The wall and floor both used this type of material, and in Fig.06 you can see the structure of the Composite map used on the wall. The base texture (Stone18 - Total Textures: Volume 2: R2 - Aged and Stressed) that makes up Layer 1 was set to Normal mode and was what constituted the bulk of what you see. You will notice the subsequent layers have different blending modes and opacity values, each of which can have their tiling and UV coordinates, altered to position them appropriately.
Fig.07 shows the layer of dirt along the base which was set to Multiply at 40% opacity (Tile02heavy13 - Total Textures: V5:R2 "Dirt and Graffiti"). You will notice that it has been tiled horizontally (U axis) in order to stretch along the whole wall. The vertical tiling is set to 6 in order for it to have the correct proportions but the Tile checkbox is not ticked to prevent it from repeating all the way to the top. The "V" Offset value is set at -0.42 to place the dirt map along the base.
Fig.08 shows the dirt map that runs along the top of the wall (tile02medium01 - Total Textures: Volume 5: R2 - Dirt and Graffiti). Again this was tiled only along the horizontal U axis, but this time had a "V" Offset value of 0.3 to anchor it to the top edge.
Fig.09 shows yet another dirt map, except this time both Tile checkboxes were un-ticked to keep the map in the foreground section (tile02light05a - Total Textures: Volume 5: R2 - Dirt and Graffiti). You can also see a map set to Soft Light between 07b and 07c which was used to break up the consistency of the concrete base and add to some random marks.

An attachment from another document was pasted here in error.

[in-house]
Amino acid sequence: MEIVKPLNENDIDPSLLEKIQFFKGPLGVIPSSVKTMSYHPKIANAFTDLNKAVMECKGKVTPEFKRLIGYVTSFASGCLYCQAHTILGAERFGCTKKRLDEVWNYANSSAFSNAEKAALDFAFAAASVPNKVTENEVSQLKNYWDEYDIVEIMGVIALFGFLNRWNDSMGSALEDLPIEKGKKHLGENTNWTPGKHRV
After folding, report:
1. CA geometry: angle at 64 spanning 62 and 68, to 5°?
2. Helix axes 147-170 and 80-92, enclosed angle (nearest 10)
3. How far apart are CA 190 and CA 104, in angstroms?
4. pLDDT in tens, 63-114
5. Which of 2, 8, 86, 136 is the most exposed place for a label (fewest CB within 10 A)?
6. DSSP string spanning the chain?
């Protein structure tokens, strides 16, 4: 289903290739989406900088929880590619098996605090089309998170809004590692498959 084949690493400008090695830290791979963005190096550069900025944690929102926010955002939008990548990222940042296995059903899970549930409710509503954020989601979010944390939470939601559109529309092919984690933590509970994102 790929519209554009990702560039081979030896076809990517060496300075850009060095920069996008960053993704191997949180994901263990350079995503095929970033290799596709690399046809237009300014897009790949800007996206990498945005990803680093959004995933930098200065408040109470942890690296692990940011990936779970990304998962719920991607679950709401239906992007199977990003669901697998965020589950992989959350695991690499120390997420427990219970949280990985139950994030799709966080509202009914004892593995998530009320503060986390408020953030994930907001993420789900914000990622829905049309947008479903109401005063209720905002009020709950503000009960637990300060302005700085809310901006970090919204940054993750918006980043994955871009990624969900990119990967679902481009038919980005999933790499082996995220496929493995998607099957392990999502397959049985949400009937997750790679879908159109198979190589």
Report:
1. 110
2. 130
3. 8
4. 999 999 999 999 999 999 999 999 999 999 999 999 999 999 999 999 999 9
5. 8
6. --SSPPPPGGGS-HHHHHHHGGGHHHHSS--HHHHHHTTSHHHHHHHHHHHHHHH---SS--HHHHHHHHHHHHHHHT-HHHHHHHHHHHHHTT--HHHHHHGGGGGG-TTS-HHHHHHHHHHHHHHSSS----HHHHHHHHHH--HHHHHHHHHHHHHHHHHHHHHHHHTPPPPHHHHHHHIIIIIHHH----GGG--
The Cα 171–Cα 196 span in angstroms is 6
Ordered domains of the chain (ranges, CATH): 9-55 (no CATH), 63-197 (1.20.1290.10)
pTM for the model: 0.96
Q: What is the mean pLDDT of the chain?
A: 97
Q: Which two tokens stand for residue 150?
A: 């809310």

As already mentioned, this technique was also used for the ground plane, but the tower would look better if unwrapped. Fig.10 shows the water tank which uses a cylindrical map and "metal11" from Total Textures: Volume 2: R2 - Aged and Stressed, in combination with dirt maps from Volume 5: R2 - Dirt and Graffiti. I decided to add more detail on the area that faces the camera for obvious reasons.
The supporting struts appeared very small in the final render and so these did not require any unwrapping, instead I used Box mapping (Fig.11). This was a quick and effective way of mapping and ensured that there was no stretching along any axis when a texture was applied. The key point to remember is that the length, width and height dimensions are the same. You need to select the longest dimension from one of these boxes and enter the same value in the remaining two.
This simple technique was sufficient for geometry set at this distance from the camera, and once done I used a Composite material with just two layers (Fig.12). This provided enough random variation for the struts, and by altering the offset and tiling values one can change the texture pattern.
The water tower was the only component in the scene that had been unwrapped; the rest of the geometry has been planar mapped. The plants (Total Textures: V10: R2 - Plants and Trees) and wire fence are planes that take advantage of an alpha channel.
To produce the final still I rendered out a colour pass together with an AO and specular version (Fig.13).
Thanks for reading, I hope you'll be able to apply these texturing techniques to your own projects. For further information on the Total Textures collections, please visit: www.3dtotal.com/textures
To see more by Richard Tilbury, check out Digital Painting Techniques: Volume 4
Digital Painting Techniques: Volume 5
Digital Painting Techniques: Volume 7
Beginner's Guide to Digital Painting in Photoshop Elements
Beginner's Guide to Digital Painting in Photoshop
Photoshop for 3D Artists
and Prime - The Definitive Digital Art Collection